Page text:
September 9, 1914

by Richard van Pelt, WWI Correspondent

On Wednesday the ninth of the month, the front page of the Capital Journal reported that “Upwards of 6,000,000 men were estimated here today to be actually fighting in France, eastern Germany, Russian Poland and Austrian Galicia.”

The war headlines graphically describe battles that would soon reduce to the bitter sauce that would be the trench warfare of the coming years:

Fighting of Most Desperate Character and Losses Are Simply Appalling
Germans Inflict Enormous Damage But Fail to Break Allies Lines

Claim Made the Slav Soldiers Shoot Their Austrian Officers in the Back
One Ray of Light in Gloom — Servians Checked and Driven Out of Bosnia

Italy Wanted Albania at Close of Balkan War, But Was Shut Out Of It
When Kinglet William of Wied Quit Turks Quietly Took Possession

Great Battle at End of Third Day Results Only in Long Death List
And that Two Main Armies Have Been Withdrawn From France

Graphic Story of First Airship Fight” read the headline describing the use of air power in war. Reporting from Berlin, via The Hague, Karl Von Wiegand writes:

At Liège . . . I saw the chief actor in the first actual “battle in the air,” Sergeant Werner, of the German army aviation corps, who piloted Lieutenant Von Heidsen on his flight over Paris.

“The men who hold the reserved seats in the theater of this war and who see the battles as not even the generals see them,” said Werner, “are the aviators.

“I owe it to Providence that a I am alive today.”

The Bird and the Eagle

“[Lieutenant Von Heidsen] suddenly . . . pressed my arm and pointed upward.

“Looking where Von Heidsen pointed, I saw 1,000 feet above us, a big Bristol biplane, speeding toward us.

“I tried to climb, realizing that the biplane would drop a bomb as soon as it was directly above and destroy us.

“But I failed. I could not reach the biplane’s level.

“Soon it was directly overhead.

“I was not afraid, but it was a moment of suspense such as to take years out of one’s life.

“The biplane’s speed was regulated so as just to keep pace with us as it swept lower and lower.

“I learned then how a bird feels with an eagle or a hawk swooping upon it.

“The biplane evidently was trying to get so close that a bomb could not miss us.”

A Pistol Duel

“My nerves were unstrung. Suddenly I saw a flash beside me and thought for a moment that a bomb had struck us.

“Then I realized that Lieutenant Von Heidsen was firing at the biplane with his automatic pistol.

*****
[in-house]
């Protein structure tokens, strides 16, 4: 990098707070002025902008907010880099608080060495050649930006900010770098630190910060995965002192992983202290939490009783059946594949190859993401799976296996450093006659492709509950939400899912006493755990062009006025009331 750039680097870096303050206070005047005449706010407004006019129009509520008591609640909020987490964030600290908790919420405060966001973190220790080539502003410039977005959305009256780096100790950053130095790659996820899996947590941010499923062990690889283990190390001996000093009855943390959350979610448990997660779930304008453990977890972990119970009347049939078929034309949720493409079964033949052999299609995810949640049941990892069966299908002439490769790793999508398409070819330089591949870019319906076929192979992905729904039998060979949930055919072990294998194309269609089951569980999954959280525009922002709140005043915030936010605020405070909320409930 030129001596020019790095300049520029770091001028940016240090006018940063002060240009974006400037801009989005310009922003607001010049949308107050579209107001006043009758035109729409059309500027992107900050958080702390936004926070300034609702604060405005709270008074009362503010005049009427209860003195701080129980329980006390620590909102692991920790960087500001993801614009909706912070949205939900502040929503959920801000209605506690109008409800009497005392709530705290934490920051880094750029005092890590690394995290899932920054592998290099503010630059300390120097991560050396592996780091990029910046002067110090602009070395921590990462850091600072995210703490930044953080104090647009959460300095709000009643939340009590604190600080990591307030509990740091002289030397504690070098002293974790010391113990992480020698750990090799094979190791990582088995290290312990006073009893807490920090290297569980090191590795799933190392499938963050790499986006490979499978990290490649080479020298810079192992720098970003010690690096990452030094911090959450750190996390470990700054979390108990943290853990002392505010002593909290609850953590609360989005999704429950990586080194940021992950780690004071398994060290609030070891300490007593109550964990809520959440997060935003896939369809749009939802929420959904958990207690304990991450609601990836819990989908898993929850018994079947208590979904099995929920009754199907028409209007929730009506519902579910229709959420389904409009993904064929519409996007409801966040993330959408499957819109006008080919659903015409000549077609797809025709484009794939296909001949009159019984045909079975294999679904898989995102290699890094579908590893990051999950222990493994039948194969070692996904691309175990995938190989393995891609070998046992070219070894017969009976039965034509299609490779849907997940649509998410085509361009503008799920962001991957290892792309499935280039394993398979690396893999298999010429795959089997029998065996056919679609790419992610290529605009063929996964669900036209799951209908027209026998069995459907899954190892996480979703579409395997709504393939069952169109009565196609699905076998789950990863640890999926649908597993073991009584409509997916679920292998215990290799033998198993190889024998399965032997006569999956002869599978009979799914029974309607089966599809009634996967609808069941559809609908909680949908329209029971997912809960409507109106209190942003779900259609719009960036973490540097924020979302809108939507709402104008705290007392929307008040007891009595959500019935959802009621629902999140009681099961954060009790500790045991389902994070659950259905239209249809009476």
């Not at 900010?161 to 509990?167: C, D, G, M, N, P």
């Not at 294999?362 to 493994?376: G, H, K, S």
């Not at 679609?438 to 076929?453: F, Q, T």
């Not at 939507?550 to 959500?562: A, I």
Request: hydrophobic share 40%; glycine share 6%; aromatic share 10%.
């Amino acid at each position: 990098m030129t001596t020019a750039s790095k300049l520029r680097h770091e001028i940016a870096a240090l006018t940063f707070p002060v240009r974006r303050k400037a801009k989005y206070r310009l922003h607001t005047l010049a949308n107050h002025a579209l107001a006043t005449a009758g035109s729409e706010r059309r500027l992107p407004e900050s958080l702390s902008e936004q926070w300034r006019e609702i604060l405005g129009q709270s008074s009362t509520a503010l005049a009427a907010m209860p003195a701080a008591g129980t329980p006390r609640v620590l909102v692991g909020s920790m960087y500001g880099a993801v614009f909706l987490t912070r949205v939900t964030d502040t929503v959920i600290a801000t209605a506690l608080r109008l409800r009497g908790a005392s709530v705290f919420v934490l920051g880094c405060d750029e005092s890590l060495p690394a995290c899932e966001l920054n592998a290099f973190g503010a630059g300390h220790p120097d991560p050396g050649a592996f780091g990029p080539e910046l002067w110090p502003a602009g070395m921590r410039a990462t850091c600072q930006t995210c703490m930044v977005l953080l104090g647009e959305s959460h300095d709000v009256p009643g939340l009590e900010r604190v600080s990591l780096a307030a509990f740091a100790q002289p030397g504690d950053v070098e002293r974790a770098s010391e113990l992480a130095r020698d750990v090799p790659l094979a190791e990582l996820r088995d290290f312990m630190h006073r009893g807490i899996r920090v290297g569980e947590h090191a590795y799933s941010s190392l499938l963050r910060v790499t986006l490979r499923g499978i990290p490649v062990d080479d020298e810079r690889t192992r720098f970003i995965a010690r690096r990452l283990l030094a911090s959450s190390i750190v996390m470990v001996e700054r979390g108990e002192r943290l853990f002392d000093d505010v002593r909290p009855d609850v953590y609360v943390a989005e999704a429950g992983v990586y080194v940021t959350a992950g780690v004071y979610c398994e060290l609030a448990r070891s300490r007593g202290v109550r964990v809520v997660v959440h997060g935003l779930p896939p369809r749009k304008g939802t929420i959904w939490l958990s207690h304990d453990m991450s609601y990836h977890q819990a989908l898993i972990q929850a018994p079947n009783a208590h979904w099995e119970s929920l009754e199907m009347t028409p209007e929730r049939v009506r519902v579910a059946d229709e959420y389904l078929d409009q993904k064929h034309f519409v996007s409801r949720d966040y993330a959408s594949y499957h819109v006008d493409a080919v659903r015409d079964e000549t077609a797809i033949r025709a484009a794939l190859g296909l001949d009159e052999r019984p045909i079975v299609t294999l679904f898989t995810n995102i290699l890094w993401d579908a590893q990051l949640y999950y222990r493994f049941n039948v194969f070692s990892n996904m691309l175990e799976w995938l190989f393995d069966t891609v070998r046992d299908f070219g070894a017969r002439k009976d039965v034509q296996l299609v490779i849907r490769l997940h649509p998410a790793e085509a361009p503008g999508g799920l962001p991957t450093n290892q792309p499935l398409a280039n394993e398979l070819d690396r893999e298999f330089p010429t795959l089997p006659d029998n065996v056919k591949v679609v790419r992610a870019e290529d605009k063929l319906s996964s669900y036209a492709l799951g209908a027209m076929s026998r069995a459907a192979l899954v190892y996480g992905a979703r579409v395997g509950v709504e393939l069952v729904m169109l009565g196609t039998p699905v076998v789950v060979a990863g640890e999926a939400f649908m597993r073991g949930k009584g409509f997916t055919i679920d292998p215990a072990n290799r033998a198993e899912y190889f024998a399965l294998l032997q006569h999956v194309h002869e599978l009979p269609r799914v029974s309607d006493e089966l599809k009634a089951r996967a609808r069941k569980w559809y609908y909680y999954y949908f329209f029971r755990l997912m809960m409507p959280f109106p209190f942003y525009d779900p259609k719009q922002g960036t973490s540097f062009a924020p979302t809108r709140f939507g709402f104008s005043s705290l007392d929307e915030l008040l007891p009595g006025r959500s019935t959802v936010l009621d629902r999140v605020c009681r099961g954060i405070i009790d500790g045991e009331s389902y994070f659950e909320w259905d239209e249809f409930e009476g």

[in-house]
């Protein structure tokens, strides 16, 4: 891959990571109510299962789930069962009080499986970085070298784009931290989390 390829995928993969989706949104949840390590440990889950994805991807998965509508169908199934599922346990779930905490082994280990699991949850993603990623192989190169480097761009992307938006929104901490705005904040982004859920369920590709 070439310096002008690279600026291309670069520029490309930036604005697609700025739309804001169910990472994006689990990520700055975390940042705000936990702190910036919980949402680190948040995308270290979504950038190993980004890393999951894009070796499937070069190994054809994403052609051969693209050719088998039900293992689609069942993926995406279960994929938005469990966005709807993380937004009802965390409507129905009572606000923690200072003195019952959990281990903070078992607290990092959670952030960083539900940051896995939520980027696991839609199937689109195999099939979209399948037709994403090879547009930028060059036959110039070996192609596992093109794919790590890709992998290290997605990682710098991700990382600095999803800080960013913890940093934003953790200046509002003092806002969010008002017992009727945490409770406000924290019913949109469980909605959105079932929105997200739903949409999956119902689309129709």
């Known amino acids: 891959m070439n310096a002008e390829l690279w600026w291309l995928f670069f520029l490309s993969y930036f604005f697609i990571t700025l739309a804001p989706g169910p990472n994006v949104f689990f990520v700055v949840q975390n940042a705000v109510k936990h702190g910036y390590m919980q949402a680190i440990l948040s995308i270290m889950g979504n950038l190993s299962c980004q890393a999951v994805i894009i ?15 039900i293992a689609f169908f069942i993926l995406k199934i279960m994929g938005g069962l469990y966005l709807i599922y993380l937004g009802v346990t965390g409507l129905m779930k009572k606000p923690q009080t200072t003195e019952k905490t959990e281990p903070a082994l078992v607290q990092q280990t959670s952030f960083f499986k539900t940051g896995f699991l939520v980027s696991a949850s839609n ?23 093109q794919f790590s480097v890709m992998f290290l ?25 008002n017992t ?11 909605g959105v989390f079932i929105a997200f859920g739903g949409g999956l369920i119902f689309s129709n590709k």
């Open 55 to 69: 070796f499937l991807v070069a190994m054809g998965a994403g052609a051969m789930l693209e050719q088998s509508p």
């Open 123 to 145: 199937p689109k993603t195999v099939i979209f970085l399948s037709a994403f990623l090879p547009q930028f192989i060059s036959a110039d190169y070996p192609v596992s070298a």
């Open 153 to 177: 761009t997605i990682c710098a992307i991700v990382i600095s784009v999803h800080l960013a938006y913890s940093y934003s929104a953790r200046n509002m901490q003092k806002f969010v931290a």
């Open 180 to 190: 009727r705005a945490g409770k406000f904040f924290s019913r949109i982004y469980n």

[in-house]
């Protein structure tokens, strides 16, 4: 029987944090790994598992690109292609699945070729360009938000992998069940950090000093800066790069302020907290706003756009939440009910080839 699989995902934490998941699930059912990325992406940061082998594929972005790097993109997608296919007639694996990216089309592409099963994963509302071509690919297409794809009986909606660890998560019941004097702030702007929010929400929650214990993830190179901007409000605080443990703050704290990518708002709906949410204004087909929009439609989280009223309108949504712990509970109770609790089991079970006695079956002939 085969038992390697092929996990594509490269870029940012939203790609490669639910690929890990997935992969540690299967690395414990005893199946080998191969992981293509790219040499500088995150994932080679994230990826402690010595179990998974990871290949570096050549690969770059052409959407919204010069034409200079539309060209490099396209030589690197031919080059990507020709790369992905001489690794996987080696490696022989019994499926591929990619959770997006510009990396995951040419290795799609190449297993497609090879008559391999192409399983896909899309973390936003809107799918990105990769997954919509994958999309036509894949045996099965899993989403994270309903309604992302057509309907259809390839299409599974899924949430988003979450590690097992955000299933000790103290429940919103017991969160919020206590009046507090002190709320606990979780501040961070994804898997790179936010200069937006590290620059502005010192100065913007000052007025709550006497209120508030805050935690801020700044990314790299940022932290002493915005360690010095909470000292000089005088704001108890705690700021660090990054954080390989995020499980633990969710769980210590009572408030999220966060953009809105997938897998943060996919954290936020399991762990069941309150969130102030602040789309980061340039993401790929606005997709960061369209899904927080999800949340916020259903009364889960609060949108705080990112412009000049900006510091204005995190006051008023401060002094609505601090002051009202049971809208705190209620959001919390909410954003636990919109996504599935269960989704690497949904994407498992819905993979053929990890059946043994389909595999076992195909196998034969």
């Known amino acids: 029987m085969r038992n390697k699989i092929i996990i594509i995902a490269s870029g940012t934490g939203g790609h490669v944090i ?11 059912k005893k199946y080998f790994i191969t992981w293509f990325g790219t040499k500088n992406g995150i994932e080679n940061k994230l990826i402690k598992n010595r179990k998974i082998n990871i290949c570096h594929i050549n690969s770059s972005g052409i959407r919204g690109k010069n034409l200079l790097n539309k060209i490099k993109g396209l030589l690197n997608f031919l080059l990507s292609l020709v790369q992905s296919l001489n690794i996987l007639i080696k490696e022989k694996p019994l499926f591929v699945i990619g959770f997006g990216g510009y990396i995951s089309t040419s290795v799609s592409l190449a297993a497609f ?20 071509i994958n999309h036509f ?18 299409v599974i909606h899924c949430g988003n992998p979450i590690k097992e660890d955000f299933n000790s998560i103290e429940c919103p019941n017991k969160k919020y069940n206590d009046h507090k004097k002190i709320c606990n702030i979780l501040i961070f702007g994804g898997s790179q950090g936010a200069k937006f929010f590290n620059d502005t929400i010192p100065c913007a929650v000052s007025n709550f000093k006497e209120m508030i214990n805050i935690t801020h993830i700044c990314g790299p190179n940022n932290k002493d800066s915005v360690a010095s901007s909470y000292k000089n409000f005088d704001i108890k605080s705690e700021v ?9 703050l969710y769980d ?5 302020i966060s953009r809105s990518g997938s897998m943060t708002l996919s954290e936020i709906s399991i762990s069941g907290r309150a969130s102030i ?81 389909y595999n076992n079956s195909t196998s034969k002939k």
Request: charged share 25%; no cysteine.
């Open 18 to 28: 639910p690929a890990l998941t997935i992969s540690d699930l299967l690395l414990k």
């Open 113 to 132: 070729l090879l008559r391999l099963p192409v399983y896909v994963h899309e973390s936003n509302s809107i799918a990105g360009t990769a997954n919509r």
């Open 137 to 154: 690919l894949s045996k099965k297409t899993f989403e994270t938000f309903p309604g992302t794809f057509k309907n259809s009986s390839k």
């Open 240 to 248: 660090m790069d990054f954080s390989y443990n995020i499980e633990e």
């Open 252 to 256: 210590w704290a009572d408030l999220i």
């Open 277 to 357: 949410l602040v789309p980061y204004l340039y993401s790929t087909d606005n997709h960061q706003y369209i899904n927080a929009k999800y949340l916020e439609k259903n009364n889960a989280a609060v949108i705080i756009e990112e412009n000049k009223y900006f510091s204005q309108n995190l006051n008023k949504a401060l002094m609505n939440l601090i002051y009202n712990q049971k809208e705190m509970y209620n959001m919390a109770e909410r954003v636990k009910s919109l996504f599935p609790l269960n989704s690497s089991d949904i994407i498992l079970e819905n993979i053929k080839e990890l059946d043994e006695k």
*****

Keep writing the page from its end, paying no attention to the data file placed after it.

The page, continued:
“The biplane’s propellor was in front so that those in it could not fire from that direction. Then it became certain that it carried no bombs. Instead, it veered aside and opened fire.

“Simultaneously we plunged northward toward the German lines.

“Accurate shooting was impossible because of the speed at which we were moving, but one bullet struck our plane.

“It was evident that the Englishmen were trying to disable our motor, as we were trying to do with theirs.

“So far as we were concerned, we felt helpless, our machine was so much slower and more unwieldy.

“Suddenly the lieutenant touched my arm again, and pointed to a spot thousands of feet above us. There, approaching at tremendous speed, was a small Bleriot monoplane.”


“It looked like an eagle to the attack.

“I felt certain that the end was near.

“The Bleriot was even speedier than the Bristol, but it also was without bombs, and those in it had to depend on pistols.

“Sweeping and circling the Bleriot kept firing at us, Von Heidsen answering the shots quite calmly.

“Suddenly German troops appeared below and began firing at the enemy. The Bristol and the Bleriot, their ammunition exhausted, disappeared to the southward.

“We landed safely bearing an extremely valuable report.

“But I don’t want a similar experience again.”

This prompted the following editorial:


Evidently there is one branch of the military service in each of the armies engaged in the European conflict that actually rejoices and revels in the latitude the war provides and which peace would to a large extent prohibit. This is the aero branch, which seems to be permitted to attempt whatever fearing exploits suggest themselves.

Though there has been expressed considerable disappointment at the apparent ineffectiveness of efforts at assault from the upper air, the aeroplanes and dirigibles having suffered loss entirely disproportionate to the amount of damage wrought on the several objectives, the armies have not lost faith in their aerial forces and expect great things tone accomplished by them before the hostilities are ended.

It is by all agreed also, that the feats of daring daily being accomplished by airmen demonstrate great intrepidity which often amounts to foolhardiness. Some of the dangerous flights over enemies’ cities seem to have been made in the spirit of pure bravado, as little, if any, advantage was to be gained thereby. Thus we have German air craft sailing over Ostend and Paris, and French aviators circling Brussels, each dropping notes of encouragement or warning and each in constant peril at the hands of hundreds of sharpshooters. One of the flyers is reported to have even “looped the loop” in the full sight of and quite within the range of the enemy.

These demonstrations, however, do not constitute service in any effective sense and the airmen must learn to better direct their energies if they expect to become a factor of significance in bringing out results desired by the forces under whose flags they operate.


About whclarc

We are devoted to providing information fresh from the Archives, Library and Collections of the Willamette Heritage Center in Salem, Oregon. We specialize in the history of Marion County and the greater Salem area.
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